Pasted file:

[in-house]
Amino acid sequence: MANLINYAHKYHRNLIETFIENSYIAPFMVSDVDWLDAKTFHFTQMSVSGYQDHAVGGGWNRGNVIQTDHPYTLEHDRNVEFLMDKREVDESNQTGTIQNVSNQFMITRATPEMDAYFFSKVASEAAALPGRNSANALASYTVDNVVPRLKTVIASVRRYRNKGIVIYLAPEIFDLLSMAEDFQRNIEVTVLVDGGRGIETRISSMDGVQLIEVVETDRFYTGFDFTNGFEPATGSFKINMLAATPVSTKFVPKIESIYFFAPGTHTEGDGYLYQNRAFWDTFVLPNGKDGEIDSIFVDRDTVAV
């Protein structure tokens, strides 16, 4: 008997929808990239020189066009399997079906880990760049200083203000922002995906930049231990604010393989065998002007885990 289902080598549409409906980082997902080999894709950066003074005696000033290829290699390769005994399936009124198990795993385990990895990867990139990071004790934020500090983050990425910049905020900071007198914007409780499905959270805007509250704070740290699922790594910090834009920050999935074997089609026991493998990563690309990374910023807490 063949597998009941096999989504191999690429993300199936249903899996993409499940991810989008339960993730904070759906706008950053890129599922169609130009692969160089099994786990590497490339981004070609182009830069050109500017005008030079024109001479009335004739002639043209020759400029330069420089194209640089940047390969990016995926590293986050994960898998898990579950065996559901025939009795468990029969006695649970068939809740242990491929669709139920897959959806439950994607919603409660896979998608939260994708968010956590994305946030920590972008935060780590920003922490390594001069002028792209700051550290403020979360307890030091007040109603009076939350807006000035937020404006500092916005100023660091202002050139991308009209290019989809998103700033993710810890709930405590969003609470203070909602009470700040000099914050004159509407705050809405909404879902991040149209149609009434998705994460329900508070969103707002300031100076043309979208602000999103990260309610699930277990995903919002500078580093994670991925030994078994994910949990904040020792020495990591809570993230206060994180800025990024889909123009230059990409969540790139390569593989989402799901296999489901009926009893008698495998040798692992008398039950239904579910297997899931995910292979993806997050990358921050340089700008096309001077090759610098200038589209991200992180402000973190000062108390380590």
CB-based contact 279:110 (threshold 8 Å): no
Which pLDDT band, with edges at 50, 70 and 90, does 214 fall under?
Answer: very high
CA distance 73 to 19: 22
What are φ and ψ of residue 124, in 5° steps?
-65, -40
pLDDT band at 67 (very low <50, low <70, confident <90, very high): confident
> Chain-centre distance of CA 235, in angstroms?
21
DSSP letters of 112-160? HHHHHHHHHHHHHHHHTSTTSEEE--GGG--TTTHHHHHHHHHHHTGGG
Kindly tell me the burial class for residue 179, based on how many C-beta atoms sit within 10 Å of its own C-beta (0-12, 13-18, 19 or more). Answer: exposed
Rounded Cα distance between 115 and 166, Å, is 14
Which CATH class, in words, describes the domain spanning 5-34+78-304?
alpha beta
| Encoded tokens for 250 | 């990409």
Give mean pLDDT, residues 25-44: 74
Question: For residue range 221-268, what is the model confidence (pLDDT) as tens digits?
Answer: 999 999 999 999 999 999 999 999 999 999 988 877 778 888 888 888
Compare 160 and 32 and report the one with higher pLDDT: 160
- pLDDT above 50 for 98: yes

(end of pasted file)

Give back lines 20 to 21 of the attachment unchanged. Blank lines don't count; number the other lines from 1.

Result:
Question: For residue range 221-268, what is the model confidence (pLDDT) as tens digits?
Answer: 999 999 999 999 999 999 999 999 999 999 988 877 778 888 888 888